In this update, we round up the past week’s news in the world of Nuclear.
Chinese nuclear firm told it must resolve Bradwell safety issues, from The Guardian – “The Environment Agency has told the Chinese nuclear developer behind plans to build a new reactor in Essex that it must resolve at least six safety issues before it can move forward. The issues identified by the environment watchdog in its early assessments of the plans for the site at Bradwell-on-Sea include concerns over how China General Nuclear Group (CGN) will dispose of radioactive waste.”
Costain to partner with U-Battery on advanced modular reactor, from Nuclear Engineering – “UK-based Costain announced that it is collaborating with U-Battery Developments Ltd to develop an advanced modular reactor (AMR) which is being funded by the UK Department of Business as part of the Energy and Industrial Strategy’s Energy (BEIS) Innovation Portfolio.”
EDF Energy extends Dungeness reactor outages by three months, from Reuters – “EDF Energy on Friday extended ongoing outages at its Dungeness B nuclear power plant in southeast England by three months, citing “unique technical challenges”. “Dungeness power station has some unique technical challenges that are not present in the rest of the UK nuclear fleet, and which continue to impact our plans to re-start generation,” an EDF spokesman said.”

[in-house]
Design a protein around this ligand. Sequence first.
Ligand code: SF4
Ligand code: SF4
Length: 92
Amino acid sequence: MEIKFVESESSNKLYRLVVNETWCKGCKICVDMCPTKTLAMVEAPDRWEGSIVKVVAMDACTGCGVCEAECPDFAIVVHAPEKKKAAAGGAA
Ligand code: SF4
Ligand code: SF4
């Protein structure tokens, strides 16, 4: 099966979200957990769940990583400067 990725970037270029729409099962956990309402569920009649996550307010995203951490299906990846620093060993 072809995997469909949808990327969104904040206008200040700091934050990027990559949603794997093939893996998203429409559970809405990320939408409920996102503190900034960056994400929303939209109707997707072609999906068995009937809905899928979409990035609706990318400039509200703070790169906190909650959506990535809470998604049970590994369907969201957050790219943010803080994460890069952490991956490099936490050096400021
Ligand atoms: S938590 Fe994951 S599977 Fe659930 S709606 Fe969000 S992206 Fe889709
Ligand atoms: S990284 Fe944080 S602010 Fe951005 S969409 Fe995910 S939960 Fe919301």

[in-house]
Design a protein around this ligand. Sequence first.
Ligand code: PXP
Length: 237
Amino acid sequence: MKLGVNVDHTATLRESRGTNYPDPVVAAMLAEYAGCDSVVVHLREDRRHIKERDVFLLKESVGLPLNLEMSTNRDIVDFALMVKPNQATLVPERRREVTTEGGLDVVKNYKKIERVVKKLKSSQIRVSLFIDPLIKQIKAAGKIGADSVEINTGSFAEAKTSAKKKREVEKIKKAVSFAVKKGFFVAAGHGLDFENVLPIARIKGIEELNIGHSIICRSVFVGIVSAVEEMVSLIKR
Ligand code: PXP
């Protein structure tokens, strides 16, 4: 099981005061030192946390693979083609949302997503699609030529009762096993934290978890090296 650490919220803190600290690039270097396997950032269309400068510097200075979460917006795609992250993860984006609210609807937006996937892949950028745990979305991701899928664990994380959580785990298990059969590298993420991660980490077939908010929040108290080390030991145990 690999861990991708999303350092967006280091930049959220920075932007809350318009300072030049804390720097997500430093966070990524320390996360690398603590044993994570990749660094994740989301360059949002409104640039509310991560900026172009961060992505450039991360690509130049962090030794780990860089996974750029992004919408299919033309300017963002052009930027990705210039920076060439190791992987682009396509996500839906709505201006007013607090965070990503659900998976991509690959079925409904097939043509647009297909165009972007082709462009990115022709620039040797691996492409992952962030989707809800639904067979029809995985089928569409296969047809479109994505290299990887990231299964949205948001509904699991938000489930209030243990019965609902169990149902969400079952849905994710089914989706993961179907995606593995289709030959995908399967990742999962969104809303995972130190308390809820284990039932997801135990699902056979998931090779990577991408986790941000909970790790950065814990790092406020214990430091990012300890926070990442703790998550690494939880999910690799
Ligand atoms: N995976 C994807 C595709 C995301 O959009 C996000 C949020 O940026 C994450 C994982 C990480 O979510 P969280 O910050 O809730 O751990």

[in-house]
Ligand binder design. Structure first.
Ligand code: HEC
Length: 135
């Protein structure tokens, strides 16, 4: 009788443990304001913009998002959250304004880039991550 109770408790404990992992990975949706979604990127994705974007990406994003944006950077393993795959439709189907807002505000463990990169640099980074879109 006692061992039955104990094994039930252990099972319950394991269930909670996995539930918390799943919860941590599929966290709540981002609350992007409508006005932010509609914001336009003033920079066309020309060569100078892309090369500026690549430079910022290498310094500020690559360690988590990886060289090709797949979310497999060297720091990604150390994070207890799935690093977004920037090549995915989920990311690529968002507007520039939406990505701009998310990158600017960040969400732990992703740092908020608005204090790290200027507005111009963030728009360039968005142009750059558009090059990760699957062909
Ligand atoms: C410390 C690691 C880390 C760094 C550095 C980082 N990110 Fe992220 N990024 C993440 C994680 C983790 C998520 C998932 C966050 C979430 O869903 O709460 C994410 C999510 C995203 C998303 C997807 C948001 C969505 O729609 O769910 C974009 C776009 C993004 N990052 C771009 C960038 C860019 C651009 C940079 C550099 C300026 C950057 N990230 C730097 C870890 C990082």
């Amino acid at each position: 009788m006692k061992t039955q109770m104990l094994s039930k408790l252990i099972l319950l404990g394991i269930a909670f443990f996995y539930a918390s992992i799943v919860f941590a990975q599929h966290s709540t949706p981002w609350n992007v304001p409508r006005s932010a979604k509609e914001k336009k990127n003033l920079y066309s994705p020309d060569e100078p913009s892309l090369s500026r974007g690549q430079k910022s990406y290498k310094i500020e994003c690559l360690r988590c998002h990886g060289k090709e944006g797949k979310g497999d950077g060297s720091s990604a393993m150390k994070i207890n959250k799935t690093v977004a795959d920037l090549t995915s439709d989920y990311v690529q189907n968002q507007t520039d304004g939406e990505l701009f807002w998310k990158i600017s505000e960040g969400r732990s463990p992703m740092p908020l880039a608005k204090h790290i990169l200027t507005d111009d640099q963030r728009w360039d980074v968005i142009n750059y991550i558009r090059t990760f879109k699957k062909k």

UK Teams up With Rolls-Royce on Nuclear Spacecraft Engine, from Interesting Engineering – “Rolls-Royce and the U.K. Space Agency announced on Tuesday that they have signed a contract hoping to “revolutionize space travel” by building and using nuclear propulsion engines. British space exploration could dramatically change as using a nuclear-powered engine could send British astronauts to Mars in just three or four months — about half the usual time.”
NuScale SMR Chosen for UK Wind-Nuclear Hybrid, from Power Magazine – “A British company announced it is joining with U.S.-based NuScale Power to develop a hybrid project using wind energy and small modular reactor (SMR) technology to produce power and green hydrogen.”